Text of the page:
We're at war. This is not a war on terrorism or the war involving military troops involving guns, missiles and bombs being dropped from fighter jets.

Instead, this is a war based on the energy we use to power our cars, trucks, planes and trains. It is for the oil and natural gas we use to heat our homes and places of business.

This war has an impact on our economy now but has the potential to have a dramatic impact on American's use of anything relying on oil or gas for years to come.

In interviews I did last week with a couple of people with a unique perspective of why our gasoline prices are currently at historic lows, and why the price of a barrel of oil has dipped below $30 it became apparent they both feel strongly the war being waged on the United States by the Saudis and the OPEC nations of the Mideast is part of a long-term strategy on their part to tip the supply and demand of oil on a global scale for years to come.

Pittsburg State University Assistant Professor Michael Davidsson said while the bulk of the nation's consumers are currently benefitting from the low prices of gasoline and oil, that could change in years to come.

Overproduction on the part of Mideast oil producing nations is helping drop the price of a barrel of oil and the gasoline it produces. Davidsson said the move is not philanthropic gesture on the part of the Saudis and their counterparts to give consumers worldwide a break in their pocketbooks.

Instead, Davidsson said their goal is to drive oil prices to such a low level for a long enough period of time that new drilling and exploration among U.S. producers will no longer be feasible. The move should result in a drastic cutback in fracking and the drilling of new wells and have an impact on America's domestic oil supply for years to come. 

While OPEC nations are also feeling the impact of low oil prices now, Davidsson said they can probably weather the drop for as long as a year to a year-and-a-half.

"They want our fracking industry to go way," he said in an interview. "It just depends on how bad the Mideast wants to break us."

Jim Cornish, of Chanute, and president of the Eastern Kansas Oil and Gas Association, agreed with Davidsson's analysis.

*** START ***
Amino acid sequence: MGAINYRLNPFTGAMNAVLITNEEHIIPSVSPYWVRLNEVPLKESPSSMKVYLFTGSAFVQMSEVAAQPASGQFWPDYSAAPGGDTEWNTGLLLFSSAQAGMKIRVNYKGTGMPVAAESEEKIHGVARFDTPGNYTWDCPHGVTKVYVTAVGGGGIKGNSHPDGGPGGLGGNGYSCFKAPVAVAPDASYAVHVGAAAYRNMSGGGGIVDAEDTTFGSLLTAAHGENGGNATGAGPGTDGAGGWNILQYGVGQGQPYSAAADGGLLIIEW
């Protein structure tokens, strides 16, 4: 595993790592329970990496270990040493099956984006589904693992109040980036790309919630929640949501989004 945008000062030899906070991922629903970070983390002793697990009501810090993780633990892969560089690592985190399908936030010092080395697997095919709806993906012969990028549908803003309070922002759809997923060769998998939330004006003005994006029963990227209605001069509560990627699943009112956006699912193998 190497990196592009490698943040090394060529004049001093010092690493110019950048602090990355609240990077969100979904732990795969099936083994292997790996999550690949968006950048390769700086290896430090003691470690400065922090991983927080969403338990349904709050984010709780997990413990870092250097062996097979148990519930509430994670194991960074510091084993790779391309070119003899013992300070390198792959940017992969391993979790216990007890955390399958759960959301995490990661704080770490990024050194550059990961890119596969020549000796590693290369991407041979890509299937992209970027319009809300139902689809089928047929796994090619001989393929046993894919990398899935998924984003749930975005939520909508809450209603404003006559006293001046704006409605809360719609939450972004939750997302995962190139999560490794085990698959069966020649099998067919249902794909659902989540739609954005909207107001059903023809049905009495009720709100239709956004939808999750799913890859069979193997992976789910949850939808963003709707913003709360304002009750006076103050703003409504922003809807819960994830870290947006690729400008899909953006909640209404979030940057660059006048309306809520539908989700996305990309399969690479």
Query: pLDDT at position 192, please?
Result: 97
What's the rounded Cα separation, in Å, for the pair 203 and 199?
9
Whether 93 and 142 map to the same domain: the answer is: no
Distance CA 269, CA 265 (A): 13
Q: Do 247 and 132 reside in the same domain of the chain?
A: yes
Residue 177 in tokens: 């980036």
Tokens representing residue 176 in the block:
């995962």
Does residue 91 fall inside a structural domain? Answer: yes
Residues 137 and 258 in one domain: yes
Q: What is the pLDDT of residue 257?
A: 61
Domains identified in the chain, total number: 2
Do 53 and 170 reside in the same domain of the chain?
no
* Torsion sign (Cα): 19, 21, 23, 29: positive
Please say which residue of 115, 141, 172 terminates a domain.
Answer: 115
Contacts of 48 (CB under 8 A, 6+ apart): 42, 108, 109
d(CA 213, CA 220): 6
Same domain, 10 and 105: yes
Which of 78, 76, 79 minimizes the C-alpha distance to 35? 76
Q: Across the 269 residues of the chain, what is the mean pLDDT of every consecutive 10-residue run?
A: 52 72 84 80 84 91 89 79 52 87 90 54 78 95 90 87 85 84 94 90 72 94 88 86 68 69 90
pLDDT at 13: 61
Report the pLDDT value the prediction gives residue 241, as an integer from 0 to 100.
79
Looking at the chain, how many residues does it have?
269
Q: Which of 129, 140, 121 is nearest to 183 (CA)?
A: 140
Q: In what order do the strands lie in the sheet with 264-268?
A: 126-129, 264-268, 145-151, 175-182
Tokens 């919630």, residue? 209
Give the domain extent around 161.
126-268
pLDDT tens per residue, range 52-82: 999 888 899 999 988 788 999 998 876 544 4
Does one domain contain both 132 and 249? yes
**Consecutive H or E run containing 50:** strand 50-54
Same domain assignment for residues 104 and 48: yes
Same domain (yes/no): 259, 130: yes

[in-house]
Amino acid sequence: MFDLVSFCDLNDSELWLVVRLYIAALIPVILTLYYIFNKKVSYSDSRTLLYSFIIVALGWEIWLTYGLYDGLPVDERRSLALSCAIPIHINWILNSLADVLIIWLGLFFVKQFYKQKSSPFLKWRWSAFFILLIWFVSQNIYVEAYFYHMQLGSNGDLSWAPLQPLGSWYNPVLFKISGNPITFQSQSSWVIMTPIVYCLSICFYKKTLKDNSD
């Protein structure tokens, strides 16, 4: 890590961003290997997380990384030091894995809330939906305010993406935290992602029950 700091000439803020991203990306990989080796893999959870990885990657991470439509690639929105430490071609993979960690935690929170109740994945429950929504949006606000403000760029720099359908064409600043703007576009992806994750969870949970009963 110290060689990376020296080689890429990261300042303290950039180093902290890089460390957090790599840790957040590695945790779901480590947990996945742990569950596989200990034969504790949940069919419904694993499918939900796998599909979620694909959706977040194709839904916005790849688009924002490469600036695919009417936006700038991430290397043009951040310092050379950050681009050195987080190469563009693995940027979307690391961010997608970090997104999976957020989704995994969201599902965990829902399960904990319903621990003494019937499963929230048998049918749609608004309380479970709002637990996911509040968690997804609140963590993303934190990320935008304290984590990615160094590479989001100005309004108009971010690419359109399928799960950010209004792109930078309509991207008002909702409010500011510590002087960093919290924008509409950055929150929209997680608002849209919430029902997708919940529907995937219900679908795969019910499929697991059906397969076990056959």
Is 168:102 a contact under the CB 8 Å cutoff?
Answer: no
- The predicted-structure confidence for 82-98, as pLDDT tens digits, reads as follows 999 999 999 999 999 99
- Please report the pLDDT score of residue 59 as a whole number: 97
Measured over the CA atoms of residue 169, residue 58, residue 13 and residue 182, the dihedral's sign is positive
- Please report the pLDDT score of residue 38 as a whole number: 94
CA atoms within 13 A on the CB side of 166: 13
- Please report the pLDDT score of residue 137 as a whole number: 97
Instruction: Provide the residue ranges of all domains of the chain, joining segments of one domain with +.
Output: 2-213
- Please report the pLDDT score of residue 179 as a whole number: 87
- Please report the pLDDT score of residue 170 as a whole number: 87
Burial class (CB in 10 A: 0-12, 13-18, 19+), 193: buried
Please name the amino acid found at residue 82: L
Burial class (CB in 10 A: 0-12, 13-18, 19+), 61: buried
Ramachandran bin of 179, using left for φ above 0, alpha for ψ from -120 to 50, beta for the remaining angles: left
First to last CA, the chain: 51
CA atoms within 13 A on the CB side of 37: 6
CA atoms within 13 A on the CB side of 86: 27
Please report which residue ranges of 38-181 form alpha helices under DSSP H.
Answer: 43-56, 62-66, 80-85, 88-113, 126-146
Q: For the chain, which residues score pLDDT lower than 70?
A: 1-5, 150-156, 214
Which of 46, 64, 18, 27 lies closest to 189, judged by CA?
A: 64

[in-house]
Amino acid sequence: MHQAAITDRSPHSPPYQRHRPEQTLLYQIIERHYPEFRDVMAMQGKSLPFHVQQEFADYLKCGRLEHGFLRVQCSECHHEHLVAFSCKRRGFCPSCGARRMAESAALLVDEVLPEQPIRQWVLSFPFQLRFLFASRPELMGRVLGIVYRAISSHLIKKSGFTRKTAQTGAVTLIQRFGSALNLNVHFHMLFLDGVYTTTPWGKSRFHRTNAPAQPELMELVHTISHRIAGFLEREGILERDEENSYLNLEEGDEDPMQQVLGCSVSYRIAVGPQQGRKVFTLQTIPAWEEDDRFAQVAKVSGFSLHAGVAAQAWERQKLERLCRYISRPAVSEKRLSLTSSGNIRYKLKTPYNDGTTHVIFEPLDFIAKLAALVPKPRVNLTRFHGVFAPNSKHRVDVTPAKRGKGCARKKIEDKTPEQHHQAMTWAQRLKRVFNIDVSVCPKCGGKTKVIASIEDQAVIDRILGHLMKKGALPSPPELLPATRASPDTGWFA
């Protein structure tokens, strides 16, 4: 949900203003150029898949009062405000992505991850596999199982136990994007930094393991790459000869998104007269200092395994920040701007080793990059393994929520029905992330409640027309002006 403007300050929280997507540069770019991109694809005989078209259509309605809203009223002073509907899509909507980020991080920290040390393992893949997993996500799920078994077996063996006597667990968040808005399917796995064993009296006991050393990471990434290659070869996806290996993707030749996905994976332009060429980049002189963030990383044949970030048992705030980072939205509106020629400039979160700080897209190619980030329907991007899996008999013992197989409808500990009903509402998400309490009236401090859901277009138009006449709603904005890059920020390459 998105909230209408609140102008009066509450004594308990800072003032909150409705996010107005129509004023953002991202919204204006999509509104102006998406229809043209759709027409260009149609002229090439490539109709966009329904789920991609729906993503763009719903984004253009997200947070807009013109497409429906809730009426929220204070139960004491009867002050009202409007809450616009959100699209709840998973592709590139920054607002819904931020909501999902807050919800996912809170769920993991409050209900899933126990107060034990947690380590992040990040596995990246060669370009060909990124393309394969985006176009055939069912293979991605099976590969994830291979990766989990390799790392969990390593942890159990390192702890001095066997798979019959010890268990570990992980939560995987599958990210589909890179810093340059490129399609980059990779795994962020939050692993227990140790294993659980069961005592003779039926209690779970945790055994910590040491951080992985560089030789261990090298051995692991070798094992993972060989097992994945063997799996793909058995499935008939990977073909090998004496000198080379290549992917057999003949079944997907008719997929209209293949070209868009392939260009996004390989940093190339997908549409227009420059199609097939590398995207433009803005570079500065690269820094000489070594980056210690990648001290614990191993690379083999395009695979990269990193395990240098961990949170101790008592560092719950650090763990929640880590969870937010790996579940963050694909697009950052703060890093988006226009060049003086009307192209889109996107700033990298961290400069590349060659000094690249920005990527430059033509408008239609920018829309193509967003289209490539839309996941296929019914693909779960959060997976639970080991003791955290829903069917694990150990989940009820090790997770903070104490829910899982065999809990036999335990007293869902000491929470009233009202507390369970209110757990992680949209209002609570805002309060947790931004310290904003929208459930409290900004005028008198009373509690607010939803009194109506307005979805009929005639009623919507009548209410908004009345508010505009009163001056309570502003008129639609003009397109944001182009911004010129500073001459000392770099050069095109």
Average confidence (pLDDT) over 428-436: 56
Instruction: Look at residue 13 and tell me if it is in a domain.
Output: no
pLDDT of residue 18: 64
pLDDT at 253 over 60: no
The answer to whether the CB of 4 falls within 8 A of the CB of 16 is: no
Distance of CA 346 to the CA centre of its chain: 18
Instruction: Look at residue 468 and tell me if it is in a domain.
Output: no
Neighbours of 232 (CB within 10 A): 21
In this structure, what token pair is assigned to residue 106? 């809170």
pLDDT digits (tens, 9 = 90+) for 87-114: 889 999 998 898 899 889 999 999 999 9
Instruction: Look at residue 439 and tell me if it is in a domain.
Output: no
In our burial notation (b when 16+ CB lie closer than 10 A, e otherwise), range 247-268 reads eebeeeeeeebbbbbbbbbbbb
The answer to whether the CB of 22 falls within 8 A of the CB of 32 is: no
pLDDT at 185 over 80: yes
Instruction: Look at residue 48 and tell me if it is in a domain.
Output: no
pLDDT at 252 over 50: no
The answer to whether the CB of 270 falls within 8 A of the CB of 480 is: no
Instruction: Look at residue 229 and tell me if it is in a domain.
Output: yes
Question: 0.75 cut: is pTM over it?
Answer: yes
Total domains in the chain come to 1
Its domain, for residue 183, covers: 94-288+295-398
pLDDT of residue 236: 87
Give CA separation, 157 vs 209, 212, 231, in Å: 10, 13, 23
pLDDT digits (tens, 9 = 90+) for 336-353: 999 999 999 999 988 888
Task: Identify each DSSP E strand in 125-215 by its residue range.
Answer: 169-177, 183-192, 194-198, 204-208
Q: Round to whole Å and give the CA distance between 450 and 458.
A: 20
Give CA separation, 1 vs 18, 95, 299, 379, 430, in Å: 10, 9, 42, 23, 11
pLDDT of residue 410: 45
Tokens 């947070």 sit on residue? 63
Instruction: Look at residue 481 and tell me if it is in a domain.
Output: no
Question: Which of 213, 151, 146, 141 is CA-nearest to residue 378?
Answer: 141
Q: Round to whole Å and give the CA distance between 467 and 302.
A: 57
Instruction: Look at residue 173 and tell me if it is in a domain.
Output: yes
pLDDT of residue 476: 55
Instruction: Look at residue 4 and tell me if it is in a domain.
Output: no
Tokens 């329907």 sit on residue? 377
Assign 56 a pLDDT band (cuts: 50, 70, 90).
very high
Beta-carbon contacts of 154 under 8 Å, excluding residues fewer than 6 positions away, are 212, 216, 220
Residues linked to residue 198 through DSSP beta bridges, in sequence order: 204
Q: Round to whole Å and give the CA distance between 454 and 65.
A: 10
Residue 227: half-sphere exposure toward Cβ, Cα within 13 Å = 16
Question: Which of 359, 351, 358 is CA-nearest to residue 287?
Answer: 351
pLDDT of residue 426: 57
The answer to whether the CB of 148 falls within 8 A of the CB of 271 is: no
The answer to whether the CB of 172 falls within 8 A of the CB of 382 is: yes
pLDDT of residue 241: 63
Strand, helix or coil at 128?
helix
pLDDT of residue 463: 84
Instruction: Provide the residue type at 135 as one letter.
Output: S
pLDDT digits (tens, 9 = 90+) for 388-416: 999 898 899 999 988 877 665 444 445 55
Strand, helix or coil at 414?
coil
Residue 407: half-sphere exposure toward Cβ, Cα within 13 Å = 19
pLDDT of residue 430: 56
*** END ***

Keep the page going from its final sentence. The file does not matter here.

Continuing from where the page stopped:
"The Saudis and OPEC are intent on destroying the fracking industry in the U.S.," Cornish said. "They're protecting their own interest."

He said for Mideast producers, their long-term best interest is to see fracking in the U.S. go away. "If OPEC continues on their path it would not take a lot to really impact world markets," he said. 

Davidsson said he would not be surprised to see the price of a barrel of oil drop to $20. And, if OPEC producers want to really push the U.S. fracking industry to the brink, they would probably allow prices to get as low as $13 a barrel.

Sustained low oil prices for a long period of time means the U.S. oil and fracking industry will be in real trouble that could take years for it to recover from whenever oil prices recover back to the $80-a-barrel, or $100-a-barrel or higher.

If and when that happens it means the U.S. will be at the mercy of energy producers from outside our borders. It means we will lose our energy independence and it means we will be vulnerable in time of war or blockades of those incoming supplies of oil.

One of the big reasons this country prevailed during World War II was our ready supply of oil. Let us not forget the lessons that history has taught us — oil greased the war machines of the past for the nation and could do so again if the need arises — but only if we are not overly dependent upon sources of energy from countries outside our borders.

— Mike Elswick is a staff writer for The Morning Sun. His column runs on Thursdays. He can be emailed at melswick@morningsun.net or follow him on Twitter @ mike_elswick.